The company presented to thought leaders in the technology space and prominent venture capitalist on its road to coming up short to Silicon Valley’s Cerealize.me. Cerealize.me is a subscription service that allows a consumer to build their own custom cereal and packaging and have it delivered right to their door.
The Judges for the competition included:
- Robert Scoble, Rackspace
- David Cohen, TechStars founder
- Graham Weston, Co-Founder of Rackspace
- Naval Ravikant, Co-Founder AngelList
- Guy Kawasaki, Former Apple Chief Evangelist
- Dave McClure, 500 Startups
- Paul Signh, 500 Startups
- Luis Robles, Sequoia Capital
- Nicole Glaros, Techstars Boulder
- Elias Bizannes, Charles River Ventures (StartupBus Founder)
- Christine Herron, Intel Capital
- Katie Rae, TechStars Boston
The event can be simply described as the Iditarod race for entrepreneurs where an individual has to become one with their team to have a chance to succeed. A true principal in business that one must come to understand and trust their team and how better to do it than when the pressure is on. The circumstances being your team is made up of nearly all complete strangers trapped on a bus, sleep deprived, with less than 72 hours to build and prepare to present your idea to the public at an internationally televised live-streamed event in front of several hundred people and celebrities in the technology and venture capital space. A true test for any persons patience, stamina, and mental fortitude.
A key factor in BumperCrops success was the team which consisted of one professional in each category:
- graphic designer
- interactive-marketing expert
- social media expert
- business development and planning specialist
This was an ideal team for our project. Each individual made the team exponentially stronger and combining this with a disruptive idea that tackled a defined problem, made the company very formidable. The team in this case was formed by shear chance, but events like StartupBus, Startup Weekend and other hackathon events facilitate teams and products such as BumperCrop to be formed. These events create a very uniquely productive environment, as it is rare you can interact with so many individuals involved in the startup space for an extended amount of time. Theses individuals can give you qualified critical feedback about product, strategy, technology, and in some cases facilitate introductions to potential partners/advisors and other vital resource contacts, such as money and the press.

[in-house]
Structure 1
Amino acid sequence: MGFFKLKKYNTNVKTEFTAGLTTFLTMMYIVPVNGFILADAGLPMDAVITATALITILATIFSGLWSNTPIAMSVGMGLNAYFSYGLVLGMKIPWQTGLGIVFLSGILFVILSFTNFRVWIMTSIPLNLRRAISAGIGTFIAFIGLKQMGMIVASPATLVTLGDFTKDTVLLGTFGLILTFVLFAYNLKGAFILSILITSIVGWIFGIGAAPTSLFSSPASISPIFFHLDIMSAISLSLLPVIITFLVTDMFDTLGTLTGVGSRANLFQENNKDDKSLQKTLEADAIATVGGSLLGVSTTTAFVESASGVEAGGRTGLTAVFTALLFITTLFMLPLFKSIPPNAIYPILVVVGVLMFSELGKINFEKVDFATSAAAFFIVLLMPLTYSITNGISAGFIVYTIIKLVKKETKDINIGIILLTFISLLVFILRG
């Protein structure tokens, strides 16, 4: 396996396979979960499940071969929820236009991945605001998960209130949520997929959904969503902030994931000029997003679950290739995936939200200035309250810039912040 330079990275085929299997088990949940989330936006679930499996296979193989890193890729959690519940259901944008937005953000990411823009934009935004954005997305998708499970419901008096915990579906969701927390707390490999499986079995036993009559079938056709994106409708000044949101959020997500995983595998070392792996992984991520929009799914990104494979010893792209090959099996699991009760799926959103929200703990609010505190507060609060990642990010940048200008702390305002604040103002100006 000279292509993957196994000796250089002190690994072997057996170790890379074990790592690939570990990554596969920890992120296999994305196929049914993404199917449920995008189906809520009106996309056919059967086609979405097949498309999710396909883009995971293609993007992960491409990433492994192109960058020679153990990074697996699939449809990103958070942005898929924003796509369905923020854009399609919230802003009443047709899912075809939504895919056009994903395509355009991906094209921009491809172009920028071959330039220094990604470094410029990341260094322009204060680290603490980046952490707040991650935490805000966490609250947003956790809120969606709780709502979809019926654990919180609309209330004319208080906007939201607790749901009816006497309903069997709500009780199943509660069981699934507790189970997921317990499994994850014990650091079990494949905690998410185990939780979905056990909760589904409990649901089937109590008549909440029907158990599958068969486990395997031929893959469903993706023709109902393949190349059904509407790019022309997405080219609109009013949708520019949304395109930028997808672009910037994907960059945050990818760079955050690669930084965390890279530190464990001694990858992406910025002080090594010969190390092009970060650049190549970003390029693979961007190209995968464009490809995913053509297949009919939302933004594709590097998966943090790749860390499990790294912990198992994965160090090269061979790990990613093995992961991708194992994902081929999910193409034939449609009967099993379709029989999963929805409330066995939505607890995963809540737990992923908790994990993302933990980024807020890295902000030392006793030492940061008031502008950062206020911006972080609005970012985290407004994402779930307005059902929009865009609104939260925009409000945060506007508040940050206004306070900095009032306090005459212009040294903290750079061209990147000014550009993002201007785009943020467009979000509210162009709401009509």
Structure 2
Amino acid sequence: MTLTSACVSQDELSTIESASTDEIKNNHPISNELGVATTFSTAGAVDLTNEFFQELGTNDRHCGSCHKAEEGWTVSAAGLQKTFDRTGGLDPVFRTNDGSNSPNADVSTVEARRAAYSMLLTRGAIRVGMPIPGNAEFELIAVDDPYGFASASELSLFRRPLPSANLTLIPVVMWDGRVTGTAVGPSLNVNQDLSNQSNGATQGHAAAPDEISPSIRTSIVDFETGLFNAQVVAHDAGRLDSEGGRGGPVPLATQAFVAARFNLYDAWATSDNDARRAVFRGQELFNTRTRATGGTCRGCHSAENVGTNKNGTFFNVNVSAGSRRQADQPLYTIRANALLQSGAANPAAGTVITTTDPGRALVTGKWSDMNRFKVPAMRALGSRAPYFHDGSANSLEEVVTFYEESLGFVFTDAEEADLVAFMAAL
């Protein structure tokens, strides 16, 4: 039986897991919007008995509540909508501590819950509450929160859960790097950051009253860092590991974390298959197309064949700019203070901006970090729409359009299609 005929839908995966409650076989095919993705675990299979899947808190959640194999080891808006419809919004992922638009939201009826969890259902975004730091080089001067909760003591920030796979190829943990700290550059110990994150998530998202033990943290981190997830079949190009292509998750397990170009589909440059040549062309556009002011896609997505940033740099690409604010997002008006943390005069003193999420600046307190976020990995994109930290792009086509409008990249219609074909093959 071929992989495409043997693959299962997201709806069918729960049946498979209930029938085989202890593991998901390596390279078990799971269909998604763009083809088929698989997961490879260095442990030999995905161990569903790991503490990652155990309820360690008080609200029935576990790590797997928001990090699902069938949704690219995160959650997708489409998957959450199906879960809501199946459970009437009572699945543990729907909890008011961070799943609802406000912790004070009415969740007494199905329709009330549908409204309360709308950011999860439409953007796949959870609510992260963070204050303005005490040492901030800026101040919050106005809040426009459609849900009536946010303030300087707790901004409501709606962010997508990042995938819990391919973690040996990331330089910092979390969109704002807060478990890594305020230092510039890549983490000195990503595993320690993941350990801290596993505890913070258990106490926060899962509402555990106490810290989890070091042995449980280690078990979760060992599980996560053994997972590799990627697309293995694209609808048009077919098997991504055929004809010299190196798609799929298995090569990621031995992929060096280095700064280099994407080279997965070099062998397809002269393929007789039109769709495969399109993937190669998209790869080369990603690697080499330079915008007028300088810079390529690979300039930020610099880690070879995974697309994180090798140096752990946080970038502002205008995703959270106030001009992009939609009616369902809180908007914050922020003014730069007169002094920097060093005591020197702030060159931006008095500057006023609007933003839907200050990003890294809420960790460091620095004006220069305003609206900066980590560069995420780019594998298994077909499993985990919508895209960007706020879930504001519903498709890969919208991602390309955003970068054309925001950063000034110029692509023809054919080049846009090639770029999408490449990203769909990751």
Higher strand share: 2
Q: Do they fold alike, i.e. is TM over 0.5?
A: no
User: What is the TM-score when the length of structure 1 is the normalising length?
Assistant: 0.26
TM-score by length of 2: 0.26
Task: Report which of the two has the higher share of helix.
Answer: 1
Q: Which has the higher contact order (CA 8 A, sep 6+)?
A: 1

The takeaway is that to increase your potential for success you need to have multiple elements working in unison. The elements being those listed below:
- Right idea
- Right time
- Right team
- Team chemistry
- Enough resources
- Right environment
All of these aligned well for our team as our idea resonated with people and the judges. Our timing was good as the whole local organic movement is gaining traction, especially in Austin were edible landscaping is taking hold. We had a we balanced team with strengths in multiple equally valuable areas. The team was well oriented with confident individuals with no personalities overshadowing or derailing the project. We had a fixed amount of time, this was a good thing in producing something, and we were self sufficient in terms of not needing capital to produce our minimally viable product. The environment was exactly what we needed as we were confined to sharing rooms and sitting with one another on the bus and the pressure of the competition kept everyone on task. We also benefited from the networking on the bus with other buspreneurs that gave of us the opportunity to get infront of the press and even pick up one high profile advisor from our space. Overall it was a great experience and I recommend any wanting to take interesting vacation next year to apply. Take a few extra days off after to recover. I had only about 20 hours of sleep from Tuesday to Sunday night.
WFSEN is looking for guest writers to write articles such as this on their insights into entrepreneurship or other relevant topics. Please contact Doug Smith (05′) at firstname.lastname@example.org if interested in being a guest writer.